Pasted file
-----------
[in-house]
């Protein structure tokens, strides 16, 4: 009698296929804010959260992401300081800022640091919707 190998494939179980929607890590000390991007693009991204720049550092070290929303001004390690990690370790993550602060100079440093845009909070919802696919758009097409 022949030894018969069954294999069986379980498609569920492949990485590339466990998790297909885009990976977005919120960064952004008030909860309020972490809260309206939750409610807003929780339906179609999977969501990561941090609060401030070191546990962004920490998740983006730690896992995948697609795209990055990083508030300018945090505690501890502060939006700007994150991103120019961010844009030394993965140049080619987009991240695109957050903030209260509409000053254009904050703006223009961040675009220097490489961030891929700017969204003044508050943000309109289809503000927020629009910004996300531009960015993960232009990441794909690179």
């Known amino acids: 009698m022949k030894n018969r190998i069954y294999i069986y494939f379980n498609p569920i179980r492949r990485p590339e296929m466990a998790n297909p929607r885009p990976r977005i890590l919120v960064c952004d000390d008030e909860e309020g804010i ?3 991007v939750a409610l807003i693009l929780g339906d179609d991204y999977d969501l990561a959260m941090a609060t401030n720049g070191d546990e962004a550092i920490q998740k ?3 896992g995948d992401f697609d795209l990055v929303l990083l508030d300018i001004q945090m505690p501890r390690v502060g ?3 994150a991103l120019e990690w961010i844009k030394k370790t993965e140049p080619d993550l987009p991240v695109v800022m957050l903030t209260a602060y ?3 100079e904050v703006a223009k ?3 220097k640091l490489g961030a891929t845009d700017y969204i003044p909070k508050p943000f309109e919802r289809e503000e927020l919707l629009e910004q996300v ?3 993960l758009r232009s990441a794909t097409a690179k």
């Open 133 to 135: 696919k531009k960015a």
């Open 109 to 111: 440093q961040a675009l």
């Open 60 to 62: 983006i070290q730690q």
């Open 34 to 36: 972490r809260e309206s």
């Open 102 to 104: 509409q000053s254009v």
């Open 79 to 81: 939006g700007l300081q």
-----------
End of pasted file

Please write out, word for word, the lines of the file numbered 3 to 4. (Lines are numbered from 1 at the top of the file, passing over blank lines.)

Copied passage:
């Known amino acids: 009698m022949k030894n018969r190998i069954y294999i069986y494939f379980n498609p569920i179980r492949r990485p590339e296929m466990a998790n297909p929607r885009p990976r977005i890590l919120v960064c952004d000390d008030e909860e309020g804010i ?3 991007v939750a409610l807003i693009l929780g339906d179609d991204y999977d969501l990561a959260m941090a609060t401030n720049g070191d546990e962004a550092i920490q998740k ?3 896992g995948d992401f697609d795209l990055v929303l990083l508030d300018i001004q945090m505690p501890r390690v502060g ?3 994150a991103l120019e990690w961010i844009k030394k370790t993965e140049p080619d993550l987009p991240v695109v800022m957050l903030t209260a602060y ?3 100079e904050v703006a223009k ?3 220097k640091l490489g961030a891929t845009d700017y969204i003044p909070k508050p943000f309109e919802r289809e503000e927020l919707l629009e910004q996300v ?3 993960l758009r232009s990441a794909t097409a690179k």
């Open 133 to 135: 696919k531009k960015a």